Tropical soils include a wide variety of pedogenic materials common to the tropical regions of the world, of which the material properties and engineering behaviour may vary significantly. These soils in many ways have unique characteristics that can mainly be ascribed to the compositions and micro-structures of a material developed under hot, wet soil-forming conditions. Due to the variation in their properties and behaviour, the classification of soils formed under such conditions as distinct and well-defined soil types appears to have been avoided in the past. Unfortunately, this has brought about the grouping and classification of materials of significantly varying chemical, geological and/or geotechnical properties and engineering behaviour under a single, all-encompassing term of tropical red soils . The unique pedogenic environment and soil characteristics further mean that conventional soil mechanics concepts and geotechnical investigative procedures, developed almost exclusively from work completed on temperate soils, do not necessarily apply to soils formed in tropical environments.
This research reviews the typical and unique characteristics and behaviour of tropical red soils as summarised in the existing literature, including the application of existing soil classification systems and the possible ambiguity existing in the classification and nomenclature pertaining to soils formed in tropical environments. Significant inconsistencies in the identification and classification of tropical red soils and laterites were observed to exist throughout the available literature, with frequently overlapping ranges of geological, geotechnical and chemical properties reported for both lateritic and tropical red soil types. Much has been written in the existing literature regarding the unique material characteristics and engineering behaviour of tropical red soils and the inapplicability of conventional soil mechanics concepts. The majority of the available results, conclusions and recommendations in the existing literature refer to residual tropical red soils only, with very little information regarding the characteristics and behaviour of transported tropical red soils being reported.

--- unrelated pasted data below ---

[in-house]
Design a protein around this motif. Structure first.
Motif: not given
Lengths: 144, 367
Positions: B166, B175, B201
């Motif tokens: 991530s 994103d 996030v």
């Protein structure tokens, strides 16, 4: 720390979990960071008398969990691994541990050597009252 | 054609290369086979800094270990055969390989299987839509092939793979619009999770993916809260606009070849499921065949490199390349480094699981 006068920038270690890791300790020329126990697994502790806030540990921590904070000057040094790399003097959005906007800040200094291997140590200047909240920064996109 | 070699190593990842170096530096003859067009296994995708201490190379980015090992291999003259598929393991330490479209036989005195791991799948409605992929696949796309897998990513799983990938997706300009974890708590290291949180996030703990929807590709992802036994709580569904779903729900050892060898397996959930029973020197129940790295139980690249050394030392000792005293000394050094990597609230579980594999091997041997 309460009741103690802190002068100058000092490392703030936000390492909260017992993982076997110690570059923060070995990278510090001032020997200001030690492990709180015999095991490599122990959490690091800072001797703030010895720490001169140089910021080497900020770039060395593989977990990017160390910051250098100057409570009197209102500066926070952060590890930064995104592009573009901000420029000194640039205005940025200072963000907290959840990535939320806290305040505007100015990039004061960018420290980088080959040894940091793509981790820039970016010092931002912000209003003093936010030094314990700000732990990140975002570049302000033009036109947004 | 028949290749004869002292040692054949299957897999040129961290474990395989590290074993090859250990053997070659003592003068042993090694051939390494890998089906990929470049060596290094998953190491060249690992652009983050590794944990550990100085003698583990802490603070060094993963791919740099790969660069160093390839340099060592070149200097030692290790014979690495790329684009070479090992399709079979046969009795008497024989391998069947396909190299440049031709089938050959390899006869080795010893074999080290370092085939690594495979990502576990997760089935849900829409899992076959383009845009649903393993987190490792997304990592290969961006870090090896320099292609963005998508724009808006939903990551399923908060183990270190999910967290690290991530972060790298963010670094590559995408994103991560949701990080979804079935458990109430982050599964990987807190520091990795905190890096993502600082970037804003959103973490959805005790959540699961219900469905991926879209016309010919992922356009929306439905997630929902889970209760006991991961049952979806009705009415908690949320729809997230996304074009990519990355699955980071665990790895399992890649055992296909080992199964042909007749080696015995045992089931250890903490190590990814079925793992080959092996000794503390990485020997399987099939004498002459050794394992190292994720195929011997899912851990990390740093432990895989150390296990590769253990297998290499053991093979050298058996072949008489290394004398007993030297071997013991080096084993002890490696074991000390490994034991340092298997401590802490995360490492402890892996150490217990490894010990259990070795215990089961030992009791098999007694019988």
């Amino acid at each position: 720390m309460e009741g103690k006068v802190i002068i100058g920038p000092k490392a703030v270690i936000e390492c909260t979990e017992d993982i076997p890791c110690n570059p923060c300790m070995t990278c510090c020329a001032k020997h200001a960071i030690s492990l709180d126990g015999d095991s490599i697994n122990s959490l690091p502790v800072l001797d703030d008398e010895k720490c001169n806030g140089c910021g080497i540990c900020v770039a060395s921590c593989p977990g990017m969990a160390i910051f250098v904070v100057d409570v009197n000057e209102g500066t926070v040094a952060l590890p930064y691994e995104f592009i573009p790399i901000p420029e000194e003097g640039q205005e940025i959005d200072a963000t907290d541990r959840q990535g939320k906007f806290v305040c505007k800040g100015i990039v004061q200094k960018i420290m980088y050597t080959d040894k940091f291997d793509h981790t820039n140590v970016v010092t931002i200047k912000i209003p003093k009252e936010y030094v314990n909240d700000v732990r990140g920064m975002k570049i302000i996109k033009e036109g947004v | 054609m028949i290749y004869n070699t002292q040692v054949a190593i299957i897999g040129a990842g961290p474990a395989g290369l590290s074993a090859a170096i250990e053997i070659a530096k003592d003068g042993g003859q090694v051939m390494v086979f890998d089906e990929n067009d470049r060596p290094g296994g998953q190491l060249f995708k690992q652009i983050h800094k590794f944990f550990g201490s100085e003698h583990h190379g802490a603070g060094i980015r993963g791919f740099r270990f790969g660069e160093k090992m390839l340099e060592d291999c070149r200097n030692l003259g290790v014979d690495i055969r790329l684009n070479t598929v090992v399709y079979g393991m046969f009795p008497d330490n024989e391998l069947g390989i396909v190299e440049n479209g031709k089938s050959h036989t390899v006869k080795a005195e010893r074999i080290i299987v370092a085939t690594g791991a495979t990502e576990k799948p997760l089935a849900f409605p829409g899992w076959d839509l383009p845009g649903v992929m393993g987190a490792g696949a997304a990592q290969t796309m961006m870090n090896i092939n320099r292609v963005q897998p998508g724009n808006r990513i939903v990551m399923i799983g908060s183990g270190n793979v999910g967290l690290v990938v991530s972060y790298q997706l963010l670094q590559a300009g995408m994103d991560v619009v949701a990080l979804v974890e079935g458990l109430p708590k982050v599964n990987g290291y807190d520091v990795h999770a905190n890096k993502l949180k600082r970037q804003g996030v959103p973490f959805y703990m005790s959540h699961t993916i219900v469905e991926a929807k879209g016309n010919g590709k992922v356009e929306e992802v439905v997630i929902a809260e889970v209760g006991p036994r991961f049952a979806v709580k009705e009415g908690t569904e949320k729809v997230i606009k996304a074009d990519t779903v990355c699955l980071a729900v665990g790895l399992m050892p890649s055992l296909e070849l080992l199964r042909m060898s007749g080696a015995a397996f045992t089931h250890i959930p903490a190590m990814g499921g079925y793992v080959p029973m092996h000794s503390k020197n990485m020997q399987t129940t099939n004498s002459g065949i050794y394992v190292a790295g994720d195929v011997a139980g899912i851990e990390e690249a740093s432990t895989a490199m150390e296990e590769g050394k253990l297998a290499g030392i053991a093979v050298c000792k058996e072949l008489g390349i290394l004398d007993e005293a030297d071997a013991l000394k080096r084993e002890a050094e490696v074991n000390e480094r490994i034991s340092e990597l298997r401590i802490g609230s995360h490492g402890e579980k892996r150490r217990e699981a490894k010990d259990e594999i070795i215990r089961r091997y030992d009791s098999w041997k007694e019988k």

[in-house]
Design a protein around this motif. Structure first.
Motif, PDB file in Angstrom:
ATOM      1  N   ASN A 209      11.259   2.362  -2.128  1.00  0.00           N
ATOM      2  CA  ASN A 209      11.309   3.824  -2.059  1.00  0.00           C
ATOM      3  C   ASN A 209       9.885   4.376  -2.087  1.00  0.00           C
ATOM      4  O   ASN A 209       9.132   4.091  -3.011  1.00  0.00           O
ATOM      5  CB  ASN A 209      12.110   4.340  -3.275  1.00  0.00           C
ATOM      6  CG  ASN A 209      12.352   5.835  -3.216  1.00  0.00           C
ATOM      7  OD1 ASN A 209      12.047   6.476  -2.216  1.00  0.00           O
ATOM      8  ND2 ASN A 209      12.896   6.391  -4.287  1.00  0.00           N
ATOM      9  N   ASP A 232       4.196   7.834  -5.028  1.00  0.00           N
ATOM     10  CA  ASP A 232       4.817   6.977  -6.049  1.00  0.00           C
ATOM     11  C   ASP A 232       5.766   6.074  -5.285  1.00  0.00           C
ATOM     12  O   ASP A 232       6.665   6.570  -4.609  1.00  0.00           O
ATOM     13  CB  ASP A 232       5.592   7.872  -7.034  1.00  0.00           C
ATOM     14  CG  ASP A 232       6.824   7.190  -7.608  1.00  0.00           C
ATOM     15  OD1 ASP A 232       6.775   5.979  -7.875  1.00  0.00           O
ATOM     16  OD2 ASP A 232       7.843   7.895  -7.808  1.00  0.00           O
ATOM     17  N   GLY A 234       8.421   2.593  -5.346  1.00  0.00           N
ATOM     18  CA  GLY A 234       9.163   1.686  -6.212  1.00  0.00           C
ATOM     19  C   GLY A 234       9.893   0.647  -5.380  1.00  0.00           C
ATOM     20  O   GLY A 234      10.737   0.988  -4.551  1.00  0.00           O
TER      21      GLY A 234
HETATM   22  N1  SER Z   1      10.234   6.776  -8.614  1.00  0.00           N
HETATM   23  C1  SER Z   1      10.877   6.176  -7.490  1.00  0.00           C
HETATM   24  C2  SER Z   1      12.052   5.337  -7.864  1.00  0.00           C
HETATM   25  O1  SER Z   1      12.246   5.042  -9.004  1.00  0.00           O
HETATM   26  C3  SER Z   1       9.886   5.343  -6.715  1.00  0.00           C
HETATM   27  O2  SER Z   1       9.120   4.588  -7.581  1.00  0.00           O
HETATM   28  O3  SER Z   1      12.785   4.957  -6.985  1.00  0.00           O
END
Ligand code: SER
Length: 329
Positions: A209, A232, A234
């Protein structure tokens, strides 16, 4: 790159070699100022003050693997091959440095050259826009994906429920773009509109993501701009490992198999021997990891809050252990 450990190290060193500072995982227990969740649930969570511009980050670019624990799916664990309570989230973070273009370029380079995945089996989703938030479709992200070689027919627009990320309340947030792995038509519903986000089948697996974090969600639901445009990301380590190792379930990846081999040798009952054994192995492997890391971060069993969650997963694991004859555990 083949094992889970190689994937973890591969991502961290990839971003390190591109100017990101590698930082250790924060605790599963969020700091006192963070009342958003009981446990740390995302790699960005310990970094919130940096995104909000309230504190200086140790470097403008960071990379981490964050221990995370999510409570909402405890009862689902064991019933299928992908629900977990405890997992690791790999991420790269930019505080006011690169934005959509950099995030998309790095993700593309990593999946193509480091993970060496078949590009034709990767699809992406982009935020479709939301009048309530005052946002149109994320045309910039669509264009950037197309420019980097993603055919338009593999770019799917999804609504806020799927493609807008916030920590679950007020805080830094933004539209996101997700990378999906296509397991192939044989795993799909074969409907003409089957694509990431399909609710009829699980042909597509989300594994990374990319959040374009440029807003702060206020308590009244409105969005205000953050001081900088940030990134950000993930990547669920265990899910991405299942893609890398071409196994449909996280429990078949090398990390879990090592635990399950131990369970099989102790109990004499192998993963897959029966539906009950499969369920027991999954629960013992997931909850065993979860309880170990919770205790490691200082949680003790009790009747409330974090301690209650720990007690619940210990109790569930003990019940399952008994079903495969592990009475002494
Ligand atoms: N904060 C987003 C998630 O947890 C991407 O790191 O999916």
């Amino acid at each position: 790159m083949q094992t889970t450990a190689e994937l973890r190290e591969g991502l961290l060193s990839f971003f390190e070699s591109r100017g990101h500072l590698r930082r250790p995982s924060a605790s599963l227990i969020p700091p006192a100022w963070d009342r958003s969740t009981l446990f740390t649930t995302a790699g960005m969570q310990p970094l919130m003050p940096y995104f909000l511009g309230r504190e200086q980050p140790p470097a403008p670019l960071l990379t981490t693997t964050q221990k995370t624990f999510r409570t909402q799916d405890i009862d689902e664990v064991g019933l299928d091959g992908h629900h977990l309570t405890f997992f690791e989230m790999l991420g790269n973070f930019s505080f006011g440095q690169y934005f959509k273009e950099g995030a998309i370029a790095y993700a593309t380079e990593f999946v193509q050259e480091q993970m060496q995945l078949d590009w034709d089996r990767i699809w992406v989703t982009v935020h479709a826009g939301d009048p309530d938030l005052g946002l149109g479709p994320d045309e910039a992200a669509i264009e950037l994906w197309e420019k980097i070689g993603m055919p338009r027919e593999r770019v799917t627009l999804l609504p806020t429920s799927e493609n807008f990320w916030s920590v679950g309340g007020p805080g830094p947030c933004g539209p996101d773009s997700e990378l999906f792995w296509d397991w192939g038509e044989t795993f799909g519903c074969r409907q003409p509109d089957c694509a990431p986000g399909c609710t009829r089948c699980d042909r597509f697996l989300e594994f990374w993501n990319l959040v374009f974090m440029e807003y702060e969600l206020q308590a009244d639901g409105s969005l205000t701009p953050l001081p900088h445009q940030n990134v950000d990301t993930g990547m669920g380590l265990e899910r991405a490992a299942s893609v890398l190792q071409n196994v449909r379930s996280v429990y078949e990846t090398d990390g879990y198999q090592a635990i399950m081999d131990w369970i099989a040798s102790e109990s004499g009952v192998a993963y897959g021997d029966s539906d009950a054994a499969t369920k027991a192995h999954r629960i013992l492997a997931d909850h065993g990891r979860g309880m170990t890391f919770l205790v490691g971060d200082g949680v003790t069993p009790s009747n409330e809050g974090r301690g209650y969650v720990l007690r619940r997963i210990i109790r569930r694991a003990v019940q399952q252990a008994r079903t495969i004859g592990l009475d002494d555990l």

The characteristics and behaviour of a number of transported tropical red soil horizons, from a selected area in the Mayoko region of the Republic of the Congo, were evaluated through conventional and specialised testing regimes during the completion of this study. A large number of disturbed and undisturbed samples were collected from the study area and submitted to geotechnical laboratories in South Africa to establish the chemical-, mineralogical-, index and mechanical properties of these soils. The test results, sample preparation and test procedures and effect of these on the engineering behaviour of the material were evaluated and compared to the typical results reported for residual tropical red soils in the literature. A number of the findings from this study, particularly the sensitivity of tropical red soils to change in moisture content and effect of the dispersing agent on the reported particle size distribution of such soils, confirmed the findings which have been reported in the literature for residual tropical red soils. However, the transported tropical red soils were also found to differ markedly from residual tropical red soils in certain aspects, most notably in terms of the apparent effect of the lack of remnant structure on the material mechanical properties, permeability, sample disturbance and relevance of tests completed on remoulded test specimens.